Thanks for the laugh.
You will need a special tool to remove it.
Or you can grind down the sides of a socket to be skinny enough to fit in the holes to get the little itty bitty screws out.
Sadly there are two things that are going to interfere with KNOWING that it is the coil or the module, or if it's really the problem at all.
The truck is still running, not well but badly.
If it was flat dead, then you could verify that you do not have spark, but (if I am correct) you just have a weak spark.
Next. It has to be hot for it to start to mess up.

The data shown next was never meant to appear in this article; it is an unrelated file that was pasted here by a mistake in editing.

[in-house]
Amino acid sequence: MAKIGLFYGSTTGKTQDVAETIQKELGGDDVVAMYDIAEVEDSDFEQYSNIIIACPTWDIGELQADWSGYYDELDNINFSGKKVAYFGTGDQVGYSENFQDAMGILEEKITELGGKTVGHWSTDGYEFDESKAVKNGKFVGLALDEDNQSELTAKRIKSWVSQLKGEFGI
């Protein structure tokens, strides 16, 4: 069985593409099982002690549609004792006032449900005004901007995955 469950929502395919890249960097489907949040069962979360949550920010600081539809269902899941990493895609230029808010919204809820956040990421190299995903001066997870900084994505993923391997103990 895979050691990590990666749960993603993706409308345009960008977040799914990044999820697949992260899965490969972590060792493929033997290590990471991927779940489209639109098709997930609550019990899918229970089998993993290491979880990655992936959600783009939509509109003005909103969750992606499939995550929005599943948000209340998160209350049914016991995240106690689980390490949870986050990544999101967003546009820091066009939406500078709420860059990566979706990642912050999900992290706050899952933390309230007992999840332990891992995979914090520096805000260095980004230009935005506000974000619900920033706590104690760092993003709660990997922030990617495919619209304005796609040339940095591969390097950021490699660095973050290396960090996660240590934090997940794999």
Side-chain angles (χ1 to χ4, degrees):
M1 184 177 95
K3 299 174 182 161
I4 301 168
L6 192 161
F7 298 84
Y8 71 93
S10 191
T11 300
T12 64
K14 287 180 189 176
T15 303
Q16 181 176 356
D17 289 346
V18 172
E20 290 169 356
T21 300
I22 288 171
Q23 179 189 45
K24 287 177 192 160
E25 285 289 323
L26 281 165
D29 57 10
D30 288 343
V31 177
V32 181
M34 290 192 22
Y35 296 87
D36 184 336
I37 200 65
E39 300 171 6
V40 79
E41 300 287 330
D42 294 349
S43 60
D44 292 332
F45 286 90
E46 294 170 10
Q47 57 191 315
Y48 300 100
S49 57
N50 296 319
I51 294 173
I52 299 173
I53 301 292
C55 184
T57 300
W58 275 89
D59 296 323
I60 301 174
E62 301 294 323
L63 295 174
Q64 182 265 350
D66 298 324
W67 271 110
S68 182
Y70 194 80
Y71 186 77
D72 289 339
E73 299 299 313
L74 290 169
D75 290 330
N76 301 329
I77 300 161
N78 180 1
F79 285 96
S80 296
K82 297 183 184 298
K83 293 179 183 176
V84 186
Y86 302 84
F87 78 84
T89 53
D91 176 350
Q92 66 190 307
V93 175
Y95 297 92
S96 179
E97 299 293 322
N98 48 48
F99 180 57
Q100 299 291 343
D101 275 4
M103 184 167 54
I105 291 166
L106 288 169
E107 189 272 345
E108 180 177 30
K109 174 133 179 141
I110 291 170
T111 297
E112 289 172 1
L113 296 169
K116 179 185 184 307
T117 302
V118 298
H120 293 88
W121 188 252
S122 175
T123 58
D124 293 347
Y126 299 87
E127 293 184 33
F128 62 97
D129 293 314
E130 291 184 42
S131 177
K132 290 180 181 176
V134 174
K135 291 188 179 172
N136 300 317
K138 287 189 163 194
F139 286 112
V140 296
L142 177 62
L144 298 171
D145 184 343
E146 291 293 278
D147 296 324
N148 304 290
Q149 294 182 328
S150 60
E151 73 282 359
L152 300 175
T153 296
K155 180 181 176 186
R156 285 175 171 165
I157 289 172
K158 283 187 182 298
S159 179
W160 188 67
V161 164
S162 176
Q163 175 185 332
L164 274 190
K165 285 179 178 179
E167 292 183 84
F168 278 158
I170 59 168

And you cant duplicate that.
Some auto part stores have a machine that can test modules.
While I have seen them still pass a bad module, if the test comes back bad, then you know it's bad.
If it comes back good, well, maybe that's because it's not 180 degrees when it's being tested.
To help be comfortable that it is indeed an ignition problem, get a can of starting fluid and try spraying some in the air cleaner while it's messing up, and see if you can get the engine to rev up higher. But i'm not expecting it to.
I know your next question is going to be which one is the problem.
I will say 60/40 that the module is bad.
Feel free to come back an cuss at me if I am wrong.
Thursday, July 23rd, 2009 AT 6:51 PM